Rachel Brooke: A Killer’s Dream
At 28-years old, singer-songwriter Rachel Brooke has spent nearly half of her life on stage, playing music ranging from bluegrass to hardcore punk. Her third solo album, A Killer’s Dream, incorporates a spectrum of sounds and delivers a blend of prewar country, blues, jazz, and even some girl group pop of the 1950s and ‘60s; the result is an irresistible collection that has spent several months in heavy rotation at E145 HQ.
We got the chance to catch up with Brooke before a recent Arlington, Virginia show. She filled us in on A Killer’s Dream and her upcoming projects; best of all, she did a Friday Five for us that you’ll get to read in a few days.
What’s your musical background?
I listened almost entirely to bluegrass and old country growing up. My dad played banjo and my mom played bass. They played together a lot when I was little and they were still together. My dad was in a band called The Pine River Valley Boys in Saginaw, but he put it aside for a while to raise four kids. Now we’re in a bluegrass band together: Andy, my brother, plays bass, I play the guitar, and my dad plays the banjo. We do shows around Michigan in the summer.
When I was in high school, I played drums in a punk band. But after high school, when I was around 18 or 19, I started to drift back to country and bluegrass. I made my first record in 2007, and I did The Bitter Harvest, which was a record with Lonesome Wyatt (Those Poor Bastards) in 2009. Down in the Barnyard was recorded in 2011, and I did a 7” between Barnyard and A Killer’s Dream in early 2012.
What was the writing and recording process like for A Killer’s Dream?
I was on the road with Viva Le Vox for 6 ½ weeks and then we went right into the studio and recorded six of the songs on A Killer’s Dream. [Viva Le Vox’s] Tony Bones was just phenomenal on electric guitar. Then I did another session with Nick Carnes on guitar and Bill Chase on drums. This was all recorded at my brother’s studio in Traverse City. After that, I did my own solo session, which was shorter than the first two. I had a lot of fun making A Killer’s Dream. I try to compare it to other recording experiences I’ve had. I made Down in the Barnyard by myself at my house with a click track, which was very frustrating. I was trying to be creative but also trying to do the technical stuff. I said, “I’ll never do this again.”
A Killer’s Dream was done live. Andy pushed RECORD and that was it. It made it way more fun. We’d been playing the songs for so long that it was pretty easy for us to just go in there and record it to tape. We would do two or three takes for each song and pick which one was the best. Then we’d tape over what we didn’t use. I think my two favorites on the record are “Fox in the Hen House” and “A Killer’s Dream.”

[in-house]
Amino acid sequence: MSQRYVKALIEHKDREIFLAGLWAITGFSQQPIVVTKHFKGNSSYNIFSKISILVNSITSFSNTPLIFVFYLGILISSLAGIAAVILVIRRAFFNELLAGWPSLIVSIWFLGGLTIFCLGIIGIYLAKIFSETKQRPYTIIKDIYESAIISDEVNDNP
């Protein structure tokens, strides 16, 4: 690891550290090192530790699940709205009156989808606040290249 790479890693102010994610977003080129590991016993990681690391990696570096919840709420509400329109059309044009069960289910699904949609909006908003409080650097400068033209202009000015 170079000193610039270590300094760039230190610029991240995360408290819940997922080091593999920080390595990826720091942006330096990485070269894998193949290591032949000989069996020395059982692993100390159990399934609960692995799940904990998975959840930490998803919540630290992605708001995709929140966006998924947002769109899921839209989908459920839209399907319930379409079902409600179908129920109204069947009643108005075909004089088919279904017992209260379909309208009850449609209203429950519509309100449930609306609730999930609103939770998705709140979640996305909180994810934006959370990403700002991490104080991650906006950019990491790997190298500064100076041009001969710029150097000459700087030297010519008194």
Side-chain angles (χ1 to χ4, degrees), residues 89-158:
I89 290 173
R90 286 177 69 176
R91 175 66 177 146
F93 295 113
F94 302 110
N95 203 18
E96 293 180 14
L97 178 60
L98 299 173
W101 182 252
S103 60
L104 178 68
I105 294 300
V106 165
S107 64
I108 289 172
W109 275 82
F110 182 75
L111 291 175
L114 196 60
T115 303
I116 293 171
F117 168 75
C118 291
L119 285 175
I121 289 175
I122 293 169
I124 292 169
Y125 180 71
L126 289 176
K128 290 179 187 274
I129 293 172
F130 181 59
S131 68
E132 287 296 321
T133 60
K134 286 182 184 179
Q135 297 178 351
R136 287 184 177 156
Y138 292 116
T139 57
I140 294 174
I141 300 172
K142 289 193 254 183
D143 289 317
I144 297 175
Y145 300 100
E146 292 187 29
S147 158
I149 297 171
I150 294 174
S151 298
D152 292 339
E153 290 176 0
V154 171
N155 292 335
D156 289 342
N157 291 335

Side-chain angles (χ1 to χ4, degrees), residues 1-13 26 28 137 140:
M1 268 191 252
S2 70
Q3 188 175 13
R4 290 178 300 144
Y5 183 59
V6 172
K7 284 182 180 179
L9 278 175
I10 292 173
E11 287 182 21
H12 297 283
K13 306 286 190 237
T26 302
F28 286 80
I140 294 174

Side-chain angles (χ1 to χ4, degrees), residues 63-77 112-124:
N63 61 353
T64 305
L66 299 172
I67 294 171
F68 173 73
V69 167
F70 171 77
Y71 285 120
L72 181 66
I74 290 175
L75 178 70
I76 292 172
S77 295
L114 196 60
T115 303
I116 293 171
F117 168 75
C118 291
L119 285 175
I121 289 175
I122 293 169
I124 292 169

What are you working on now? Do you write while on tour?
It’s hard for me to write on the road. It seems like there would be lots of inspiration on the road, but for me, I’m so focused on what I have to do and where I have to be that I get frustrated when I try to write. When I’m home, my mind is free to wander and it’s easier for me to work.
Out on this tour, I’ve gotten a few ideas for songs that I haven’t written yet. Lonesome Wyatt and I are going to do another record, so I’m working on ideas for those songs. He’ll write half and I’ll write half, probably.
How have you evolved as a writer and performer since your first record?
I feel like I’ve gotten a lot better. When I first started, I was really into old school country and that was about it. That was where my inspiration came from. Now I’ve tried to learn, tried different ways of songwriting. I want to learn and try new things and get better. I just want to keep branching out and experimenting. Each time I do a record, I feel like I branch out a little bit more. My goal is to one day do something like Pet Sounds and let loose: play whatever I want and have lots different instruments on the record. I think the more that I grow as a writer, the more I’ll want to experiment.
I don’t want to do the same thing twice. I’ll get bored. I want to do stuff I haven’t done before. That’s fun for me. I don’t ever want to do something just because it’s expected of me. I’ve seen a lot of bands who find success with one song or sound and they’re afraid to move past it. I don’t want to get stuck in the same spot.
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